Each of these three industries is currently unsustainable. Capitalist planners believe that they will be able to make the most profit off of their failing industries by hiring guest workers (H-2A and H-1B visas from Mexico for agriculture and from India for software), shifting to the use of Burmese refugees for labor in farm work and processing plants, and by continuing to export production and the engineering of airplane wings internationally. The formalization of the TPP has to do with making the above processes easier for the big corporations in each of these highly subsidized industries.

Washington State Congressional Hearing


Scot Dilley, lobbyist and spokesman for the Washington Farm Bureau on November 14, 2013 at Everett Community College publically stated that subsidies enjoyed by agriculture industry are a tradition that should be maintained without justification, and that he was in the opinion that this subsidy that should be extended to other industries, at a special legislative work session on Farmworker Housing called by the Washington State Legislative and Workforce committee.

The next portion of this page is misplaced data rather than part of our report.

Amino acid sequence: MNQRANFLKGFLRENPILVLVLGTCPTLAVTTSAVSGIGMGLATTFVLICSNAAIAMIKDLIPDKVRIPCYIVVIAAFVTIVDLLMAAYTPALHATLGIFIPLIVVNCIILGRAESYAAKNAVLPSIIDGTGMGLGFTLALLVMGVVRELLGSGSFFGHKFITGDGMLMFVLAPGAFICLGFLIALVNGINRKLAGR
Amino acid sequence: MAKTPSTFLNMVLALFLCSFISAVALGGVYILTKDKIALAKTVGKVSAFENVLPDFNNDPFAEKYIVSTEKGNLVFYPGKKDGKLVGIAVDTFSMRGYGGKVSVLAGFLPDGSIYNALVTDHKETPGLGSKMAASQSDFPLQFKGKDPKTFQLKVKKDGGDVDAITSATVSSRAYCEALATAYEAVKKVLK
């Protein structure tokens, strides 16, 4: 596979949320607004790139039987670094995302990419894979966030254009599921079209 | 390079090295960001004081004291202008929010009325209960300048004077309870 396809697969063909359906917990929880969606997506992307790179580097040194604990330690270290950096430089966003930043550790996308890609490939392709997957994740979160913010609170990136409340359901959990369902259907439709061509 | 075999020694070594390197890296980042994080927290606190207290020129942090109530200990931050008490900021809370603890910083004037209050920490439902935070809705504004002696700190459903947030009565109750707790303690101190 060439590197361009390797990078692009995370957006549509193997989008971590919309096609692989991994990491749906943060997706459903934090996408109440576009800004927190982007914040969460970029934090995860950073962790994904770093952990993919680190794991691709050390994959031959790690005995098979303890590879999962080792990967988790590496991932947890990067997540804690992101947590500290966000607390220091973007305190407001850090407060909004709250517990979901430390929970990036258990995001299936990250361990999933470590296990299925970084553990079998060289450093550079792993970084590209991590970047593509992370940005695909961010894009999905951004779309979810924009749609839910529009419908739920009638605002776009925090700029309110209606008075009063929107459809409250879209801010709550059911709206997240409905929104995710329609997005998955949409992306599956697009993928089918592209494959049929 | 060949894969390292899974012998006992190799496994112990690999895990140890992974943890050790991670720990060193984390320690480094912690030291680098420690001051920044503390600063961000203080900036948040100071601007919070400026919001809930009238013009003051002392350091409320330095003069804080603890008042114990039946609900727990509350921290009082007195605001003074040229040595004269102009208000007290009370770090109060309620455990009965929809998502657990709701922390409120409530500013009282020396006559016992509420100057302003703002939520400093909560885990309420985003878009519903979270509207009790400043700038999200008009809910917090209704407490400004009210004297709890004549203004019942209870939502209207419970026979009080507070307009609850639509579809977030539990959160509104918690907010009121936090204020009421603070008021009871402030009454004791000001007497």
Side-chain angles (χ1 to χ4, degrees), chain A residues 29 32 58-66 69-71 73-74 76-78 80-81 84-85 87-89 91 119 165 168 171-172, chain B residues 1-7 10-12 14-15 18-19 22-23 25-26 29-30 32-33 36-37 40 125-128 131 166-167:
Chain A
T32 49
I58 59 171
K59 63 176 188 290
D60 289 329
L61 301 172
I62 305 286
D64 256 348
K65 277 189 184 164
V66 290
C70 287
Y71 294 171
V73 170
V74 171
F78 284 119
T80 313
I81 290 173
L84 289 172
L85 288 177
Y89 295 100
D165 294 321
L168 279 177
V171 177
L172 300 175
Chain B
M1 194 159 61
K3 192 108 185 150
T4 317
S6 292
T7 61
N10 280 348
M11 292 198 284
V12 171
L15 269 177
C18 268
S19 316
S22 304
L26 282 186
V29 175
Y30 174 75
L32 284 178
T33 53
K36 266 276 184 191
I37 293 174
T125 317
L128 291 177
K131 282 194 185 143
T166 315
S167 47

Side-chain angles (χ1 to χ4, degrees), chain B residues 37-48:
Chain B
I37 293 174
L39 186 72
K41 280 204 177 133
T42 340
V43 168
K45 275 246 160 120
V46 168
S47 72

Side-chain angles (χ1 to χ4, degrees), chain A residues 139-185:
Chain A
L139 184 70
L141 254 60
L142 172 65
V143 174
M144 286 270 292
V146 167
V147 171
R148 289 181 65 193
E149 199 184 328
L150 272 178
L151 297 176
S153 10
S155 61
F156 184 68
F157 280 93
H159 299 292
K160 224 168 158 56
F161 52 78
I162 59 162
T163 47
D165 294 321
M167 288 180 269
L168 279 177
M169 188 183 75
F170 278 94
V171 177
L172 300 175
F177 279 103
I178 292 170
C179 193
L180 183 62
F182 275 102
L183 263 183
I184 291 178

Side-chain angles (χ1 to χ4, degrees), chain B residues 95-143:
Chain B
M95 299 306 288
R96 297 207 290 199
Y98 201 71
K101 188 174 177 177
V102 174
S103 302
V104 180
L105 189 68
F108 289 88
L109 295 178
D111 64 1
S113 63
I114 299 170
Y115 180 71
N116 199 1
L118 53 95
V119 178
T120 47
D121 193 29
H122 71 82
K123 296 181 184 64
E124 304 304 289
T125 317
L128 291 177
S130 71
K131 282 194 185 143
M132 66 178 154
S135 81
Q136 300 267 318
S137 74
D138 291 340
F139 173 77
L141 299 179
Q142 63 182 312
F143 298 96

Washington state’s large-scale export growers are the only firms that have the capacity to acquire and utilize H-2A guest workers. Though originally designated as a last minute resort for growers to bring in the harvest via labor that was subsidized by the federal government and in as much having a considerable amount of requirements to use only when there is a labor shortage. Washington growers have followed the lead of Florida and California and established the Washington Farm Labor Association (WAFLA) a non-profit labor contractor service that has single-handedly increased the number of H-2A guest workers from Mexico that are being recruited and deployed to Washington fields where there is no labor shortage because the non-profit advises the large-scale growers how to trick the government into providing the subsidy to them because state and federal laws currently only require an effort towards compliance to regulation and rarely enforce labor laws in this industry because they are complaint based and not pro-active to prevent such abuses and exploitation as is evidenced by farm worker complaints.